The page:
, 14 tweets, 3 min read Read on Twitter
Wrapping up a week long stay in the Bay Area. Thanks to all the founders, VCs and others in the #fintech community that took time out to meet.

Here are my key learnings (including one massive shock):
It's become clear that there are two key reasons why there is such a density of successful #startups here:

First up: A bias to optimism
Everyone seems optimistic. VCs in the Bay talk about the size of the opportunity and what needs to go right for something to work out, vs European VCs that focus on metrics and risk.
Founders in the Bay focus on building sustainable moats over long time periods, vs European Founders that are forced to focus on short term metrics like revenue, CAC and LTV from an early stage
VCs in the Bay fund for world domination, not base hits. This gives founders the freedom to think bigger and over longer time scales.

Underpinning each of these is the fundamentally optimistic question - 'What could go right?' rather than 'What could go wrong'.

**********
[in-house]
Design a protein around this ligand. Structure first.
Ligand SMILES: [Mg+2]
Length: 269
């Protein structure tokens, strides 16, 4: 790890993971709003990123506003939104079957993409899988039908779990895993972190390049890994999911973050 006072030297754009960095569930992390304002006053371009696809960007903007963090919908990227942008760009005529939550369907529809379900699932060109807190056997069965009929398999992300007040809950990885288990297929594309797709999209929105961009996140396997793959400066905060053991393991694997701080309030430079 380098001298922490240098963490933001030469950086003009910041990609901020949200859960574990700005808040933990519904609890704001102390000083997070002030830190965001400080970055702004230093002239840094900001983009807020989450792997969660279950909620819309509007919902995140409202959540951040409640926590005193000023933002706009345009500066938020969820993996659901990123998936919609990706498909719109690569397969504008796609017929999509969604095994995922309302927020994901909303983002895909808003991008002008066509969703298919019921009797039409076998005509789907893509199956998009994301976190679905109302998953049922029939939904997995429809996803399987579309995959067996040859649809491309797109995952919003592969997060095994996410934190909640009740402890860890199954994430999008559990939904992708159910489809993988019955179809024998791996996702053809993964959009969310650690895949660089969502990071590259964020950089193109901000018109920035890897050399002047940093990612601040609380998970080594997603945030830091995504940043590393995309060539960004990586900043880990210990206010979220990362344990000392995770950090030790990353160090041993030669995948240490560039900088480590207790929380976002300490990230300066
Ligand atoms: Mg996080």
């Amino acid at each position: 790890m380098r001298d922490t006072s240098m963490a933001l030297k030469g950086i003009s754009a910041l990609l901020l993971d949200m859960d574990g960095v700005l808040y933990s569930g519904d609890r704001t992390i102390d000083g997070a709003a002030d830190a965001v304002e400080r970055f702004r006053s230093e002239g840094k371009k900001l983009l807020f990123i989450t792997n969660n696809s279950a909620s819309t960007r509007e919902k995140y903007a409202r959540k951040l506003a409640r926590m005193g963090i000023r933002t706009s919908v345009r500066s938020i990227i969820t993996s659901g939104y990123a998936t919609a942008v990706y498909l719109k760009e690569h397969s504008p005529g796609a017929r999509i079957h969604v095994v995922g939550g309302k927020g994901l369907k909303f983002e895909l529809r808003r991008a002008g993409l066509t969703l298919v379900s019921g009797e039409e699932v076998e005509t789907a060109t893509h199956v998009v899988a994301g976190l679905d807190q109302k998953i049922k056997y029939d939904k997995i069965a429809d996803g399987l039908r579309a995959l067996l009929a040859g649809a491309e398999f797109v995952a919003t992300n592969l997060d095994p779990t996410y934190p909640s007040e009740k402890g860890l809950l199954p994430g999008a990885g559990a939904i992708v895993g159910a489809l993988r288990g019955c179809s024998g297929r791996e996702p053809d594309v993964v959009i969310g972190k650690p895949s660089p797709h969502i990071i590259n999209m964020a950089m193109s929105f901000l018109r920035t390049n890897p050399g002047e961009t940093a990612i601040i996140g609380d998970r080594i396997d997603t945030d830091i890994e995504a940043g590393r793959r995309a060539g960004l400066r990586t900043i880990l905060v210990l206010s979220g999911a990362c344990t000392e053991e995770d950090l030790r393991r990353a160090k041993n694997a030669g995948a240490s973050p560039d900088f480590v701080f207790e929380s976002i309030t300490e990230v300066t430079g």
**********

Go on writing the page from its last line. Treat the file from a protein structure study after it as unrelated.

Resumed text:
Second: There is institutionalised knowledge about how to start and grow a startup that doesn't exist in other places.

This expertise helps to reduce execution risk. People know how to manage, how to manage managers, what it means to be an individual contributor...
... all these ideas that basically don't exist in Europe.

They also deeply understand the value of culture and team in building a great company.

Pushing decision making as far down the stack as possible from the founder increases velocity massively.
Third... the massive shock...

From the perspective of VCs and fintech founders in the Bay Area, European Fintech looks "behind".

Transferwise, Revolut, Monzo, N26, Zopa etc barely hit the radar
On reflection, I understand. The scale of the US is massive (1 UK = 1 California basically). Which startup in the UK has the scale of SoFi/PayPal/LendingClub?
The challenge for European founders is clear.

Think bigger.

Much bigger.

And go find investors that buys into that journey, even if it means going to the valley to find them.
Even if you don't plan to raise from US-based VCs, founders should get on a plane and come out here. The DNA is something else. Different to even NYC.

It's not a case of monopoly-or-bust, but rather a challenge to think of the biggest possible version of the idea and...
... taking away the barriers to scale. Ask yourself, what would make my product irresistible? How could I monetise in a different way if I owned 50% of the market? 100%? What does the world look like 5 years out and how can I take it there today?
Startups are a lot of risk. Either be risk averse, focus on revenue and get it done that way, or be aggressive. Don't get stuck in the middle.

The middle is death. Always think bigger!
And thanks to everyone for the intros!!
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